- At a Snohomish County high school in Seattle a couple of student editors prepared two articles for the student publication, “the Arrowhead,” concerning a vice principal who had been accused of sexually harassing women staffers.81 Fearing the principal would censor the articles, the students asked the Snohomish School Board to allow them to run the stories. The school board, however, said the articles should not appear in the student publication because public discussion of the vice principal was not in the school district's best interests.82
- In Indiana, a principal suppressed a story that detailed how a tennis coach had stolen more than $1,000 that team members had contributed for use of tennis courts. Student editors later learned that administrators had promised the coach that the story would not run if he resigned.83
- A New York principal killed a story, written from police reports and court records, reporting that one of the high school's teachers had been arrested for growing marijuana. The principal said she censored the story because it would have “undermined the teacher's ability to teach.”84
- In Ohio, a superintendent censored an advertisement submitted to the student newspaper by a local school board candidate. After it was removed, the student wrote an editorial criticizing the superintendent's actions. “The fundamental truth is that all ideas have a right to be heard,” she wrote. School officials cut the editorial as well.85
- In Alaska, a principal suppressed a junior high school student paper editorial that complained about teachers smoking next door to a classroom in violation of school rules. The principal stated that the article would be an embarrassment.86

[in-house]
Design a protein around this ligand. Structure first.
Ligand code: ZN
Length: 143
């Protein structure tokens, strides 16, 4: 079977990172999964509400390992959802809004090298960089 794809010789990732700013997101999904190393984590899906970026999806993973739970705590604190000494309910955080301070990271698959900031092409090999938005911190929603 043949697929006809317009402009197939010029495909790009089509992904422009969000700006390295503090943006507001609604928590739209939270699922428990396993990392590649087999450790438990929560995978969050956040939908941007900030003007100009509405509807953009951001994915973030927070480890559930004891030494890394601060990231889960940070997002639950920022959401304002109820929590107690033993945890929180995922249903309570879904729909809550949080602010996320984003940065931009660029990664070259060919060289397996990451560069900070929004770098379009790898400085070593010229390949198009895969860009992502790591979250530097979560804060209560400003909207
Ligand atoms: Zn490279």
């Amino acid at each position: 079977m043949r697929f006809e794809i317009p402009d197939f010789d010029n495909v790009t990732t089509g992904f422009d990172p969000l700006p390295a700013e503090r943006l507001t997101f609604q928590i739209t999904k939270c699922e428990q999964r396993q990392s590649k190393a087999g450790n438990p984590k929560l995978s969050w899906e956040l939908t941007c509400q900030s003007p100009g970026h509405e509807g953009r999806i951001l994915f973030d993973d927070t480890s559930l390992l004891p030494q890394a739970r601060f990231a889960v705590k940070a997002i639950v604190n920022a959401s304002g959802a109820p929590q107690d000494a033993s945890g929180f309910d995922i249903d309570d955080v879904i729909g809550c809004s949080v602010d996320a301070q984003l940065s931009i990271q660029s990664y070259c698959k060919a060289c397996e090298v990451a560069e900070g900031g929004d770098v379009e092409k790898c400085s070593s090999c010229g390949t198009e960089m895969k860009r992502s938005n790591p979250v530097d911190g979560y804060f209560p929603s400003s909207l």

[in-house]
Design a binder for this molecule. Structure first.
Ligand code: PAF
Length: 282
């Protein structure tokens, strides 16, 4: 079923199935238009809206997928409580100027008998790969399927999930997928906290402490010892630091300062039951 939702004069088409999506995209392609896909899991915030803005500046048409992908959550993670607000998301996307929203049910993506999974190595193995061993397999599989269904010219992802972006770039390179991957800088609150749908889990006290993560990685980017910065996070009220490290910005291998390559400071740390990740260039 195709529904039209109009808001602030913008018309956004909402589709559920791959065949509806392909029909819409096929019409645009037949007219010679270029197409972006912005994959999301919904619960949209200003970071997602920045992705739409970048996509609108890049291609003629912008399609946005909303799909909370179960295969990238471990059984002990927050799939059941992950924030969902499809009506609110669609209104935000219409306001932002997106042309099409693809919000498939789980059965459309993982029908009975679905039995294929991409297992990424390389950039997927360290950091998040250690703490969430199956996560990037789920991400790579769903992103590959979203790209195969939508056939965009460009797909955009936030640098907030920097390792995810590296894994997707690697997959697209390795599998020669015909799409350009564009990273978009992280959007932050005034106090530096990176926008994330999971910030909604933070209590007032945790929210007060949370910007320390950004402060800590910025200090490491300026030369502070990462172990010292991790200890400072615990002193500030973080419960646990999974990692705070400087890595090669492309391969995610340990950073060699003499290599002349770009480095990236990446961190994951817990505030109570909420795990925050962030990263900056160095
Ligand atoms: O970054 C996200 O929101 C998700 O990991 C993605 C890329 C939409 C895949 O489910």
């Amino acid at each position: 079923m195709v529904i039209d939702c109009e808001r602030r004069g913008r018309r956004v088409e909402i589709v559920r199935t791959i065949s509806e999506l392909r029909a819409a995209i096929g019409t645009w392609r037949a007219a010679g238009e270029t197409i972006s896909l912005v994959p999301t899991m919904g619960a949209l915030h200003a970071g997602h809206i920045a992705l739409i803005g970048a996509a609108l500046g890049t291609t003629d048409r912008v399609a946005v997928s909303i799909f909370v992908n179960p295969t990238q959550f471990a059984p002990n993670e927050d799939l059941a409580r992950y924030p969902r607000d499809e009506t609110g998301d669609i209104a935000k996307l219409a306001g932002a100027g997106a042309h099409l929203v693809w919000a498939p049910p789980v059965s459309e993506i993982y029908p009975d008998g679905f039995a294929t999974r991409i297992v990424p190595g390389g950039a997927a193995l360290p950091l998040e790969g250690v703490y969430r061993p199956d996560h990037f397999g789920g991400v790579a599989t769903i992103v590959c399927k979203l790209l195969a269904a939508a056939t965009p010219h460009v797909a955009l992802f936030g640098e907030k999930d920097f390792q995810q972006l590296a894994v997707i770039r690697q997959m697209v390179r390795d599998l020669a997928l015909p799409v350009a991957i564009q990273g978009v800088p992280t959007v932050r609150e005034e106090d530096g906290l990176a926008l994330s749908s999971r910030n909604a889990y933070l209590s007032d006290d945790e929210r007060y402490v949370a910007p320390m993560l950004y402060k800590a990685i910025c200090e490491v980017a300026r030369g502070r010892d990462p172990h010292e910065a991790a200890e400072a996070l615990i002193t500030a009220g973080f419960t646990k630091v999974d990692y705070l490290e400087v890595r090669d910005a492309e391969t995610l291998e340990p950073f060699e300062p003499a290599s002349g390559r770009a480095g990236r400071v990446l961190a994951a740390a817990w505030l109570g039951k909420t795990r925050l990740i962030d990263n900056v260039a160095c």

Developing solutions to Hazelwood
The Commission of Inquiry into High School Journalism formed by the Robert F. Kennedy Memorial in the early 1970s saw the need for written guidelines to avoid disputes within high schools and costly litigation. Its members, moreover, hoped to improve the situation in high schools so that student journalists might become more responsible and develop a greater understanding and respect for the Constitution — and the First Amendment in particular.
The 22 members who made up the commission were respected, well-known citizens. They called for an end to unwarranted suppression of students' free speech rights. It appeared until Hazelwood that many federal and state courts were following the commission's findings on the negative impact of censorship in public schools. Since Hazelwood, however, the commission's conclusions about censorship appear all the more relevant today.
A number of courts have reviewed instances of administrative censorship and have examined specific school regulations on student expression; few courts have indicated precisely how guidelines should be constructed. The 4th Circuit, however, did set out a detailed list of the attributes of constitutionally valid prior restraint guidelines in Baughman v. Freienmuth.87 Those guidelines are:
- Give precise criteria of what is to be forbidden so that a student will know what she can write;
- Provision for prompt approval and disapproval of what students submit;
- Specification of whether students may distribute material if administrators fail to act promptly; and
- An adequate and prompt appeal procedure.
Although a number of individuals as well as courts have suggested that any system of prior restraint is too restrictive, it would appear these guidelines have some advantages over the outcome of Hazelwood. They stipulate who may censor; they specify topics, words, or situations which could trigger censorship; and they provide for a method to settle differences—i.e., what can be done to change the offending article. Not only would written guidelines assist students and school officials, but they could also assist court interpretation of restrictions. Thus, it would be easier to determine whether the regulations are constitutional.